Upon the lower terraces, towards the point of junction between the South and Raccoon forks, a great number of mounds of various sizes are situated. Some are large, but for the most part they are small. A small truncated pyramid once existed here, but the construction of the Ohio canal, and the subsequent establishment of the village of Lockport at this point, have obliterated this as well as numerous other mounds. Indeed, these causes have resulted in the almost total destruction of the singular maze of embankments, which communicates directly with the square enclosure. The ancient lines can now be traced only at intervals, among gardens and outhouses. At the period when the original survey, upon which this plan is constructed, was made, which is twelve years ago, the lines could all be made out. A few years hence, the residents upon the spot will be compelled to resort to this map, to ascertain the character of the works which occupied the very ground upon which they stand.
Within the area partially enclosed by this series of works, was formerly a large natural pond, covering upwards of one hundred acres. It has been drained, so that the greater portion is under cultivation. Previous to the earthquake of 1811, which resulted in the destruction of New Madrid on the Mississippi, it is said but little water was contained in the basin; after that event it rose to the depth of ten feet, and retained that level until the drainage took place. It has been suggested that it owed its origin to artificial excavation; but it is incontestibly natural, like several other smaller depressions in the vicinity, which still contain water. Excavations, denominated "wells," from which the materials for the construction of the wall were taken, are abundant in the neighborhood of these works.
Several extraordinary coincidences are exhibited between the details of these works and some of those already described. The smaller circle F is nearly identical in size with that belonging to the "Hopeton Works," and with the one attached to the octagon, in the "High Bank" group. (See Plates XVI and XVII.) The works last named are situated upon the Scioto, seventy miles distant. The square has also the same area with the rectangle belonging to the Hopeton, and with the octagon attached to the High Bank Works. The octagon, too, has the same area with the large, irregular square at Marietta. The small circles G, G, G, betray a coincidence with those in connection with the works above mentioned, which ought not to be overlooked. It is not to be supposed that these numerous coincidences are the result of accident.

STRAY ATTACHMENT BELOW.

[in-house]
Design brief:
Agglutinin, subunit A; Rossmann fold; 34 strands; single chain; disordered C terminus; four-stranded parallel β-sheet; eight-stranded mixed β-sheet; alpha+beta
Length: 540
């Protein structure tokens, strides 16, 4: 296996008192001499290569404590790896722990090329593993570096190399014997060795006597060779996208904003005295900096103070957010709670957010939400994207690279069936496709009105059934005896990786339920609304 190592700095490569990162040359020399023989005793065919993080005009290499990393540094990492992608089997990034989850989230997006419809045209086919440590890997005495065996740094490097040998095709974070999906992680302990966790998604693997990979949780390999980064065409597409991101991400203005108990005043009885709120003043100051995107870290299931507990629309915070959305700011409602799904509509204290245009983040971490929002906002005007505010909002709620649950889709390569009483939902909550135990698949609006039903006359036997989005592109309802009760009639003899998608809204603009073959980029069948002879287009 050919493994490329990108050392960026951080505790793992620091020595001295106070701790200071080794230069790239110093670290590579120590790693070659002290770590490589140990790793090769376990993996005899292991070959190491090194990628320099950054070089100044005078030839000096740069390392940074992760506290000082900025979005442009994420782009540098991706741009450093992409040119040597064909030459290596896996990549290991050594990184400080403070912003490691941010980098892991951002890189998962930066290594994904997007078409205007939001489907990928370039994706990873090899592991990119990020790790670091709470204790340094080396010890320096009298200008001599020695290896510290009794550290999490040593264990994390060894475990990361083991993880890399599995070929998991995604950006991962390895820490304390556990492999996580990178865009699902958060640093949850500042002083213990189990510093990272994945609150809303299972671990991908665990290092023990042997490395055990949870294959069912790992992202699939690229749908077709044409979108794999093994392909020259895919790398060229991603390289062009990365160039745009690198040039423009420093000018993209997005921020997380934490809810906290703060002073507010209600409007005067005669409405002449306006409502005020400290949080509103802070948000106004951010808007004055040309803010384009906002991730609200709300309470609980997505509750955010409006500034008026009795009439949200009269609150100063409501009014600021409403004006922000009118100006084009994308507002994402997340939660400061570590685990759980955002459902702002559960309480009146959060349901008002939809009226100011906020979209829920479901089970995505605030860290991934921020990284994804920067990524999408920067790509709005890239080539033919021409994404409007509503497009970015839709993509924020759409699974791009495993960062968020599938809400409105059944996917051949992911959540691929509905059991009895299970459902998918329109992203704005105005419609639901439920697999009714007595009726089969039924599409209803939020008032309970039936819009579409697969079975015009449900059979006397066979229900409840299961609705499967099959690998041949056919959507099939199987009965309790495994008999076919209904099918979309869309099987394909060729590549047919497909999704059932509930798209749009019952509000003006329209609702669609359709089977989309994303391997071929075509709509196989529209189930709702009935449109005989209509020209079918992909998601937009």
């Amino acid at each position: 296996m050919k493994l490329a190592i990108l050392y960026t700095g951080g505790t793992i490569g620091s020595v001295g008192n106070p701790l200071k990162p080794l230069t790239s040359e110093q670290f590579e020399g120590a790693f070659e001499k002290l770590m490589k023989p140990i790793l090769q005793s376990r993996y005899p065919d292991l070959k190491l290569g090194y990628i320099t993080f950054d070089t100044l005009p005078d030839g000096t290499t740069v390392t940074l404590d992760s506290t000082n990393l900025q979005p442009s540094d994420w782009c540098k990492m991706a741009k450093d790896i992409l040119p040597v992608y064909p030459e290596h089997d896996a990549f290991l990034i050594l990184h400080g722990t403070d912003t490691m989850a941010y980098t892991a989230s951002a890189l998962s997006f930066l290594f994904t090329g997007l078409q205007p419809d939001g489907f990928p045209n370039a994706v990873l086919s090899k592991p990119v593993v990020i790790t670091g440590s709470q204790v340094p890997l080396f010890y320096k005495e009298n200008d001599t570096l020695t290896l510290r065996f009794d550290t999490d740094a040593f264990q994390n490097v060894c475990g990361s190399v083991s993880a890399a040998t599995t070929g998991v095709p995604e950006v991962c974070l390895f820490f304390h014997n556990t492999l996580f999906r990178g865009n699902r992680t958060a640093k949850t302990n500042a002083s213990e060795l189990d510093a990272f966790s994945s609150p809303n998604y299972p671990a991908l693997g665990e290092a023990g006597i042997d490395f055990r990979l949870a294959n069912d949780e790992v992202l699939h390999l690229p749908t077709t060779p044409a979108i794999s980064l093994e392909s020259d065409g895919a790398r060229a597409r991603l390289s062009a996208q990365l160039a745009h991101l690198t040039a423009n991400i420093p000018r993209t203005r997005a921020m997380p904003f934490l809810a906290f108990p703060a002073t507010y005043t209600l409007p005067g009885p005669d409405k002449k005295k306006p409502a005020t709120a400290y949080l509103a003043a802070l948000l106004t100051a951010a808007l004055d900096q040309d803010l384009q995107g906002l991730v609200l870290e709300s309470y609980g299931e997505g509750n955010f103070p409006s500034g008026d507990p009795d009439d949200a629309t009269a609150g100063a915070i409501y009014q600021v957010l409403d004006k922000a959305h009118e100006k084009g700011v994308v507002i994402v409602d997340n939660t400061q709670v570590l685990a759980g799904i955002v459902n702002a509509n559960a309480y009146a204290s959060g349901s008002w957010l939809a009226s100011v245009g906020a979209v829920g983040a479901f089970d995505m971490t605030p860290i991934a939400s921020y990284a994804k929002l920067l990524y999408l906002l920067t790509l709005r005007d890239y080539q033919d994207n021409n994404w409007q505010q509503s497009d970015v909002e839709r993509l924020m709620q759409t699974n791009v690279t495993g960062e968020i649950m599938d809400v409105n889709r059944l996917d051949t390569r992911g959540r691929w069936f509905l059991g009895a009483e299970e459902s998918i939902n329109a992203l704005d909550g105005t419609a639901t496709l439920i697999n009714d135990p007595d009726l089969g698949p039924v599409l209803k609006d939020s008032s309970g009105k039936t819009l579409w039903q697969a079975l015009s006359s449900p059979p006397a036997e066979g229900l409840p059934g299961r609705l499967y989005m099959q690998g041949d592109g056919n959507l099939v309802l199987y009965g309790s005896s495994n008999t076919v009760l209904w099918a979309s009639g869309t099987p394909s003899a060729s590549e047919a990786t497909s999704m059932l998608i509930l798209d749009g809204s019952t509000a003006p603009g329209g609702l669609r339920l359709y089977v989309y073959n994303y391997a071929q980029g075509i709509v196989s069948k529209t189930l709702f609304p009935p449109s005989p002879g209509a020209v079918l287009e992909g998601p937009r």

It would be unprofitable to indulge in speculations as to the probable origin and purposes of this group of works. That it could not have been designed for defence, seems too obvious to admit of doubt.56 The reasons urged against the hypothesis of a defensive origin in the Marietta works apply with double force here. The structure which, from the height and solidity of its walls, would seem best adapted for defence, has its ditch interior to the embankment,—a blunder which no people possessing the skill and judgment displayed in the defensive works of the mound-builders, would be apt to commit.57
Hill works, incontestibly of a defensive origin, occur within four or five miles of this group, the relative positions of which are indicated by the "Map of six miles of the Newark Valley." About four miles distant, and overlooking those works, is placed, upon the summit of a high hill, a gigantic effigy of some animal, probably the alligator. Of this remarkable structure a plan is presented on a subsequent page. Around these works, in the valley and crowning the hills bordering it, are numerous mounds, all of which, as compared with those of the Scioto, are singularly broad and flat. Many of them have been opened, but no account has been preserved of their character. So far as could be ascertained from diligent inquiry, they do not essentially differ in their contents from those found elsewhere in the State. Fifteen or twenty miles to the northward of these works, are others of an interesting character, which have never been investigated, and of which no public notice has yet been taken.